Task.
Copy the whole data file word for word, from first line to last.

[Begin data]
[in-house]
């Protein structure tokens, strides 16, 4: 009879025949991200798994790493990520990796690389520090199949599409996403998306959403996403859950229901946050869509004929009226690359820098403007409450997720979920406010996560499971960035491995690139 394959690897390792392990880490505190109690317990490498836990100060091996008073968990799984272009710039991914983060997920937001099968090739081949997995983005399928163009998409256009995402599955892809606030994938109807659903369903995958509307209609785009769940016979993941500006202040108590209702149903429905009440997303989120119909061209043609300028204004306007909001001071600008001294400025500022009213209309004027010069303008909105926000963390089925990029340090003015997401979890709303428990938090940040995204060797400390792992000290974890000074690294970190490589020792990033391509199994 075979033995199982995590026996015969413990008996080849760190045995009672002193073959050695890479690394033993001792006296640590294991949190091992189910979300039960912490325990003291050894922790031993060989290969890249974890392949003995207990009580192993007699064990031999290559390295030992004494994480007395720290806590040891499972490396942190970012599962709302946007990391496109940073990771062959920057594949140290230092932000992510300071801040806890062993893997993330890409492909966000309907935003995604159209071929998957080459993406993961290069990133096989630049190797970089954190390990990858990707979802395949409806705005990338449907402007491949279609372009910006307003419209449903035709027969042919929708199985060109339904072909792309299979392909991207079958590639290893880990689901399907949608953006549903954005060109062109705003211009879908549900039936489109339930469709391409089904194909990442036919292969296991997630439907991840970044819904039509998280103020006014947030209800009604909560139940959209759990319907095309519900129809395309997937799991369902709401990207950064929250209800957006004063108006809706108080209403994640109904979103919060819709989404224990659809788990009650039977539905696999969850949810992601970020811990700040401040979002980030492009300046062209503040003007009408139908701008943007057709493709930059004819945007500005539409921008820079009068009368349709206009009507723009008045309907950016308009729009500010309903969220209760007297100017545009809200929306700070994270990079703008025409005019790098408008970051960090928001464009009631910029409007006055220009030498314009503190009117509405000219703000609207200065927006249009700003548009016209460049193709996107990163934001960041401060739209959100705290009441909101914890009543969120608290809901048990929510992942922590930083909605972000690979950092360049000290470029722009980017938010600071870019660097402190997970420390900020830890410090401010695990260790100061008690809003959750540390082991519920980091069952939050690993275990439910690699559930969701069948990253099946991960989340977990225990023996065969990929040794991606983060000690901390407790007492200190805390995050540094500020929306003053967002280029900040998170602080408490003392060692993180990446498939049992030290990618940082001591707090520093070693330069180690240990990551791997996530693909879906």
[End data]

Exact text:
[in-house]
């Protein structure tokens, strides 16, 4: 009879025949991200798994790493990520990796690389520090199949599409996403998306959403996403859950229901946050869509004929009226690359820098403007409450997720979920406010996560499971960035491995690139 394959690897390792392990880490505190109690317990490498836990100060091996008073968990799984272009710039991914983060997920937001099968090739081949997995983005399928163009998409256009995402599955892809606030994938109807659903369903995958509307209609785009769940016979993941500006202040108590209702149903429905009440997303989120119909061209043609300028204004306007909001001071600008001294400025500022009213209309004027010069303008909105926000963390089925990029340090003015997401979890709303428990938090940040995204060797400390792992000290974890000074690294970190490589020792990033391509199994 075979033995199982995590026996015969413990008996080849760190045995009672002193073959050695890479690394033993001792006296640590294991949190091992189910979300039960912490325990003291050894922790031993060989290969890249974890392949003995207990009580192993007699064990031999290559390295030992004494994480007395720290806590040891499972490396942190970012599962709302946007990391496109940073990771062959920057594949140290230092932000992510300071801040806890062993893997993330890409492909966000309907935003995604159209071929998957080459993406993961290069990133096989630049190797970089954190390990990858990707979802395949409806705005990338449907402007491949279609372009910006307003419209449903035709027969042919929708199985060109339904072909792309299979392909991207079958590639290893880990689901399907949608953006549903954005060109062109705003211009879908549900039936489109339930469709391409089904194909990442036919292969296991997630439907991840970044819904039509998280103020006014947030209800009604909560139940959209759990319907095309519900129809395309997937799991369902709401990207950064929250209800957006004063108006809706108080209403994640109904979103919060819709989404224990659809788990009650039977539905696999969850949810992601970020811990700040401040979002980030492009300046062209503040003007009408139908701008943007057709493709930059004819945007500005539409921008820079009068009368349709206009009507723009008045309907950016308009729009500010309903969220209760007297100017545009809200929306700070994270990079703008025409005019790098408008970051960090928001464009009631910029409007006055220009030498314009503190009117509405000219703000609207200065927006249009700003548009016209460049193709996107990163934001960041401060739209959100705290009441909101914890009543969120608290809901048990929510992942922590930083909605972000690979950092360049000290470029722009980017938010600071870019660097402190997970420390900020830890410090401010695990260790100061008690809003959750540390082991519920980091069952939050690993275990439910690699559930969701069948990253099946991960989340977990225990023996065969990929040794991606983060000690901390407790007492200190805390995050540094500020929306003053967002280029900040998170602080408490003392060692993180990446498939049992030290990618940082001591707090520093070693330069180690240990990551791997996530693909879906």